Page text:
One highly debated rapper Lamar refuses to knock, even playfully: Iggy Azalea. “She’s doing her thing,” he says. “Let her. People have to go through trials and tribulations to get where they at. Do your thing, continue to rock it, because obviously God wants you here.” Lamar was similarly gracious in 2014, when he got shut out at the Grammys after earning seven nominations. Macklemore beat him out for best new artist and best rap album, then texted Lamar an apology for doing so (which he also posted to Instagram). Lamar called Macklemore “a genuine dude,” adding, “I wish him much success.”
“That’s not my overall goal,” says Lamar of winning awards. “I appreciate them recognizing me. It’s best to just go and enjoy the festivities.”
Lamar says that “the end is in sight” with his unfinished album, which is bittersweet for him. “My enjoyment is creating the music,” he explains. “Once it gets pressed up, with bar codes on it, then it’s not really fun anymore.” The musicians who joined him on Colbert constitute the core of his vampire crew. “These are guys I’ve been around for years, in the L.A. music circuit,” he says. “This wasn’t a situation where somebody put us together. When you’re playing instruments, all that stuff comes from the soul. It’s real individuals pushing these sounds out. I get that same impact when I push the words out behind it.”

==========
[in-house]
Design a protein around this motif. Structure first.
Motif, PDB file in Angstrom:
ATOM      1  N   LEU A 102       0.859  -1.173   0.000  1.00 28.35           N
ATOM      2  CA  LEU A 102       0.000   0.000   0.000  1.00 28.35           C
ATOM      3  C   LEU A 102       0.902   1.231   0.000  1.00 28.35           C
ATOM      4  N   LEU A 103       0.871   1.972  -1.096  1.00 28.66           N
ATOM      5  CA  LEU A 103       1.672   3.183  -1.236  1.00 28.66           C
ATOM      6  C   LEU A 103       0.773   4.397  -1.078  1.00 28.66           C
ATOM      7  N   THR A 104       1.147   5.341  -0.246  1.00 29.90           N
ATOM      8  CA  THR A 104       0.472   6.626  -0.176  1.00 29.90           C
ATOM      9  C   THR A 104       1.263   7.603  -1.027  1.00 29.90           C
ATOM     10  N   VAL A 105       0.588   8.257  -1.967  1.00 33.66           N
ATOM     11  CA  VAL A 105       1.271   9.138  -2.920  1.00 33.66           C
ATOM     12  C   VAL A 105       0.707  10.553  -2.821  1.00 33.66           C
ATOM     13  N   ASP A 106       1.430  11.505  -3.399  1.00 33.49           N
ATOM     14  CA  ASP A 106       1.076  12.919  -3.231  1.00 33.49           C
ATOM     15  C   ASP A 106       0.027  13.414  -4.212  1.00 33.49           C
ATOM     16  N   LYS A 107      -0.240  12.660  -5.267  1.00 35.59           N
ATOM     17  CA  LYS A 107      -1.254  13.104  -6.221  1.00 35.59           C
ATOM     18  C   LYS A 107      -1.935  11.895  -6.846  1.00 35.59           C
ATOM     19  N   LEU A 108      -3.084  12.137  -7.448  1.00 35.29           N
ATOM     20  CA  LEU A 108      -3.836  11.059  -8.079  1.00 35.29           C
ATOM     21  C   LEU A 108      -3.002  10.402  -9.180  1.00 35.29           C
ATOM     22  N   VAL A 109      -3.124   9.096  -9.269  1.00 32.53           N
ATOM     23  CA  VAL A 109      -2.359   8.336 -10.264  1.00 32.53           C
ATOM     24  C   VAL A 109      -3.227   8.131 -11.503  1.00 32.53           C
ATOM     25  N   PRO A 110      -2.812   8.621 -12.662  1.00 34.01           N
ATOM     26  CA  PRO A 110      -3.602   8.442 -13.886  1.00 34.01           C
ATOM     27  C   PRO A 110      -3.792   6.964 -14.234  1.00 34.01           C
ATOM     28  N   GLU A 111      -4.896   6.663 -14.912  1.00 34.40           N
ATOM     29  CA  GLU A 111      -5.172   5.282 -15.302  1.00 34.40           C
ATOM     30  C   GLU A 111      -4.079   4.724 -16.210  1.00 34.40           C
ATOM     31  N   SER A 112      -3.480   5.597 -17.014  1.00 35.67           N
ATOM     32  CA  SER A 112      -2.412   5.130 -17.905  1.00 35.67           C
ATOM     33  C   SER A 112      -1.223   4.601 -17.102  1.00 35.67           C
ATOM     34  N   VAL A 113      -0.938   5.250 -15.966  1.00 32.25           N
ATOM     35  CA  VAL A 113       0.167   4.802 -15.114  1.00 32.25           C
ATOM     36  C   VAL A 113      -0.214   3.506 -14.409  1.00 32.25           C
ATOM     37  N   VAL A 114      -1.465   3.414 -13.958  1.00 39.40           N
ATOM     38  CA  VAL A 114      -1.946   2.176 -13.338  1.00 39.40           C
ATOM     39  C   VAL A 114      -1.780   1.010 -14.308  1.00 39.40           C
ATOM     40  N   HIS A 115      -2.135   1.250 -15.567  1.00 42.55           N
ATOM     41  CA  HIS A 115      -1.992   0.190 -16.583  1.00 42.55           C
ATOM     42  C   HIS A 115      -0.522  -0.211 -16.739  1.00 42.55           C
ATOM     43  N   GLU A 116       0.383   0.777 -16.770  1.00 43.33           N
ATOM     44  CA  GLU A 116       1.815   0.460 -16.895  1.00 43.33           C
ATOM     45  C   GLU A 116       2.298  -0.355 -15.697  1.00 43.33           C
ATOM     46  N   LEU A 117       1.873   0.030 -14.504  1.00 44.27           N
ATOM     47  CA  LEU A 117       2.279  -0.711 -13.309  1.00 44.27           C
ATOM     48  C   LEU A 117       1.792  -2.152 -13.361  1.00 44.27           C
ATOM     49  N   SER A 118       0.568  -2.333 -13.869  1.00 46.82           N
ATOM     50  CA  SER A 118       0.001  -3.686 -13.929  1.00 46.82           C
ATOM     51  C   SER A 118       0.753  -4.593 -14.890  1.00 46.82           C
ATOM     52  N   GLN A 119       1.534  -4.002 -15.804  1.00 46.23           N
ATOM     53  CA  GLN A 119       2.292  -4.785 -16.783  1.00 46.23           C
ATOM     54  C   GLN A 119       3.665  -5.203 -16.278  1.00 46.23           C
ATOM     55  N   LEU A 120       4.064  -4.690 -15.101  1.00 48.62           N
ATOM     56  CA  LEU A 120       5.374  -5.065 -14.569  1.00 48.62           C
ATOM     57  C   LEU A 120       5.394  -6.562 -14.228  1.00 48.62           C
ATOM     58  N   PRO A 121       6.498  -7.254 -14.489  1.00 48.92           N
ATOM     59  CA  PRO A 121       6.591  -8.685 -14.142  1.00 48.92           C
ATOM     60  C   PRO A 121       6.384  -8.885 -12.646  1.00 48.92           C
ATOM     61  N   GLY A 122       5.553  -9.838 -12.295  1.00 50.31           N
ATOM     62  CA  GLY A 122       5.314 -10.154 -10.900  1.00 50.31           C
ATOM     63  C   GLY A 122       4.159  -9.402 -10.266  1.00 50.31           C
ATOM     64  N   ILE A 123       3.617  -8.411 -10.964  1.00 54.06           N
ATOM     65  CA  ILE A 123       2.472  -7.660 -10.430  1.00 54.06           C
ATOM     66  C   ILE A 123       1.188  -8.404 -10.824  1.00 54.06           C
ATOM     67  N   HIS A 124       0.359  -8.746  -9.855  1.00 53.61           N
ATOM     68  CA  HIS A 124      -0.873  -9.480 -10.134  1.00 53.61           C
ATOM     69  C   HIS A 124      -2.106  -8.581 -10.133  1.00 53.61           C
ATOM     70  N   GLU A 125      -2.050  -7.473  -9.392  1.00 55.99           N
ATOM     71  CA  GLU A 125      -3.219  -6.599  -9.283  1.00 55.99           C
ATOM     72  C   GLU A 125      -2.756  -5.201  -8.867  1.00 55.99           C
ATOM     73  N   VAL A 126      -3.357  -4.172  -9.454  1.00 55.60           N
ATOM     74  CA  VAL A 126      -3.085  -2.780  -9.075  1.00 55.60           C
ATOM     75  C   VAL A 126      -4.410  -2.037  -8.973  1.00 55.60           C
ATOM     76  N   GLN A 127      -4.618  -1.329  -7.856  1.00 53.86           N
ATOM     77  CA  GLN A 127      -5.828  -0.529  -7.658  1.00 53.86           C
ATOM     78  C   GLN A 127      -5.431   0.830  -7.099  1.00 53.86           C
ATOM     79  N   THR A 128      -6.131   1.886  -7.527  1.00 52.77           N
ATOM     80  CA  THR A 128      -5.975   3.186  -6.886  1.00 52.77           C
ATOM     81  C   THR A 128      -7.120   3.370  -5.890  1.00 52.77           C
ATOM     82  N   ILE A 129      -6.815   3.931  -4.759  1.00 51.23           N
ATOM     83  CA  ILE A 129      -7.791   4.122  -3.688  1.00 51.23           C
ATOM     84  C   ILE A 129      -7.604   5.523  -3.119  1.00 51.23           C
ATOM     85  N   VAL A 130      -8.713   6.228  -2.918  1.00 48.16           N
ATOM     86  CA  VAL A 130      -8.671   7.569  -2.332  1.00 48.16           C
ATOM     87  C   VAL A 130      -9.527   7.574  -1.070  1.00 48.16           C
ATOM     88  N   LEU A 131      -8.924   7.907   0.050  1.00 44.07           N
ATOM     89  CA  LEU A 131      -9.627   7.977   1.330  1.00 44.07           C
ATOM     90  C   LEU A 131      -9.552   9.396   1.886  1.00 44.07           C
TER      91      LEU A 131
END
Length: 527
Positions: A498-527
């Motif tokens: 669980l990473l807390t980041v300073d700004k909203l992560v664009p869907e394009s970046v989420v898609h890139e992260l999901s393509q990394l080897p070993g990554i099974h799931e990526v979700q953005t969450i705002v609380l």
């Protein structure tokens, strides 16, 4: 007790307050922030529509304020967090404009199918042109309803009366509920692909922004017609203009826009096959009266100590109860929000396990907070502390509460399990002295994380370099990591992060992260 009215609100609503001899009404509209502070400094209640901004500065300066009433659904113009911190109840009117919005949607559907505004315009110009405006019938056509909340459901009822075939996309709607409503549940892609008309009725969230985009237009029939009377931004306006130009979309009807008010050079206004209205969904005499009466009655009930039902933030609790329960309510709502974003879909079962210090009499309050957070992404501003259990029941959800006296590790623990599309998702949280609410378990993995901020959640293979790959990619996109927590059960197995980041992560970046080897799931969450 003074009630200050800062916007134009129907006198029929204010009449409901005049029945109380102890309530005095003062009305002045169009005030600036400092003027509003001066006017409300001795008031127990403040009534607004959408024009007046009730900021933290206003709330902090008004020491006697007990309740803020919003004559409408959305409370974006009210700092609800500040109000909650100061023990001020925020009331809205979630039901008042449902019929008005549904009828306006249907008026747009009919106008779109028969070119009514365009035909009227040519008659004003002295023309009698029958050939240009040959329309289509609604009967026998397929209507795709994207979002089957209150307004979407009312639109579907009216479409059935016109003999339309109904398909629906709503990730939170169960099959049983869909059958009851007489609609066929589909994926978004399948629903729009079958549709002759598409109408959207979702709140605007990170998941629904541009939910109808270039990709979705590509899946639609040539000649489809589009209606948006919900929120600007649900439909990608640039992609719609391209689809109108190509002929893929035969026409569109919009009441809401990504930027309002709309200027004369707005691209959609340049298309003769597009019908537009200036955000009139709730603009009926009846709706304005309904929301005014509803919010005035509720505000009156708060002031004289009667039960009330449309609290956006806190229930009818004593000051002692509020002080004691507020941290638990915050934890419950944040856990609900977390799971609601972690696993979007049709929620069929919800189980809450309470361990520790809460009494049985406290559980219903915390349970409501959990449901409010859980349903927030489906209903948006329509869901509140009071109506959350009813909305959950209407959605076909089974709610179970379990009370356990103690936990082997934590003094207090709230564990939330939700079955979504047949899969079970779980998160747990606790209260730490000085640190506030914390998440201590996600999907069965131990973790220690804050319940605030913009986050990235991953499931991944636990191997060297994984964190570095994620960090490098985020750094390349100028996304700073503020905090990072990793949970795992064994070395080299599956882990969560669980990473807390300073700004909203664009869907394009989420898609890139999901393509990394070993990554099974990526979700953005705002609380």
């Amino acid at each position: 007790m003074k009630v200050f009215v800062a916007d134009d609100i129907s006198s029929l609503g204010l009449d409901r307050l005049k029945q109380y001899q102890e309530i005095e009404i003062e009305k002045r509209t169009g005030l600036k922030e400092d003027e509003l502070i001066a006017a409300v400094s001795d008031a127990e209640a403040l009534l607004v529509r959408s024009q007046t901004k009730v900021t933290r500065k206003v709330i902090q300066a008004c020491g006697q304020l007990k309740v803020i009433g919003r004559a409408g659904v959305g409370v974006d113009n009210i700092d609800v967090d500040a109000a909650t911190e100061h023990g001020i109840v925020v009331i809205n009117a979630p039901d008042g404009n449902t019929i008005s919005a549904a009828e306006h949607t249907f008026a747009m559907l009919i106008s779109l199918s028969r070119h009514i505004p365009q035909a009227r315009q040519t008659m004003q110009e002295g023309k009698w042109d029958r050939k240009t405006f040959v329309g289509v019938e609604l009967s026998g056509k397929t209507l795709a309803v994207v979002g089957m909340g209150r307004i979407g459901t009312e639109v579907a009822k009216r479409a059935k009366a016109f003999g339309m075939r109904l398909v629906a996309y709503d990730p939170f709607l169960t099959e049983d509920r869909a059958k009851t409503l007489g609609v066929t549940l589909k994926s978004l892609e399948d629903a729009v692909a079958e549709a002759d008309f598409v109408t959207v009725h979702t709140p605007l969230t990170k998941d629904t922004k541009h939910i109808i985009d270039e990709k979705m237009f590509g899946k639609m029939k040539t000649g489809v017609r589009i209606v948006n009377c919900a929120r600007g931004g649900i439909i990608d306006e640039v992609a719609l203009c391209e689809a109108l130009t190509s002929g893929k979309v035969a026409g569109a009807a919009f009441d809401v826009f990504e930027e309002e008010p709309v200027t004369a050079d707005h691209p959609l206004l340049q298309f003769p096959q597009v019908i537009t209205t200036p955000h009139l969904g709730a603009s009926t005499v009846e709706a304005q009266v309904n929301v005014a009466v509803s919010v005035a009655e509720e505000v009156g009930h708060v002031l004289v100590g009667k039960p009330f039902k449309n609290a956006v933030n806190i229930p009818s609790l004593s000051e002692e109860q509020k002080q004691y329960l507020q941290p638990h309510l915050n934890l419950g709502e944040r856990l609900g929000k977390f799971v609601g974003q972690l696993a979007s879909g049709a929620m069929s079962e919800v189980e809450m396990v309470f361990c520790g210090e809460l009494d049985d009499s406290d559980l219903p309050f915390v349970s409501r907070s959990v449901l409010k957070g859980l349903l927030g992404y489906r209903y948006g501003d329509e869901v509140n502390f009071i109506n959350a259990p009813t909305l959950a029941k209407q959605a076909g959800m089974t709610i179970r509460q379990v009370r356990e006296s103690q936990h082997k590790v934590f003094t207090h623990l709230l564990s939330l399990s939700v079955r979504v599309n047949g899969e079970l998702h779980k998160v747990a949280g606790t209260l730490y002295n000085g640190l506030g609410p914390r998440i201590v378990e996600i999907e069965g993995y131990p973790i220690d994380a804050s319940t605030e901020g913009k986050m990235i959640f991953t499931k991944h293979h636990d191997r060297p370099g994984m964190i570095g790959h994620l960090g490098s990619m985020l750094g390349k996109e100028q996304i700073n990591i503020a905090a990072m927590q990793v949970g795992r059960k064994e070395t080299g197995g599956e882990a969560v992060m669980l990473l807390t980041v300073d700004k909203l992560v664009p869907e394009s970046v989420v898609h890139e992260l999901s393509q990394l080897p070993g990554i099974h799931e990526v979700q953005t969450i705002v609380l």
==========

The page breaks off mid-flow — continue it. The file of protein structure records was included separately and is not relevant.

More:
Even if the untitled song from Colbert never resurfaces, it shows the breadth of Lamar’s ambition, and the crossroads where he stands. Does he want to be Jay Z— who famously declared himself “a business, man” — or a self-styled radical, like Nas? Does he plan on dominating the game, or escaping it through art? “I” could be interpreted either way: It’s an affirmation of self-belief in even the hardest of times, with a chorus chant of “I love myself.”
“That’s hard to say every time you wake up in the morning,” says Lamar, who wrote the lyric to lift himself up during a period of self-doubt. He leans forward conspiratorially. “That’s a psychological trick I wanted to play on myself. Now that I put this song in the atmosphere, what’s going to happen? I have to perform it every night for the next three years when we go on tour. Every time I’m in a weird mood or something goes on at home that I can’t handle, I’ve got to perform it anyway.”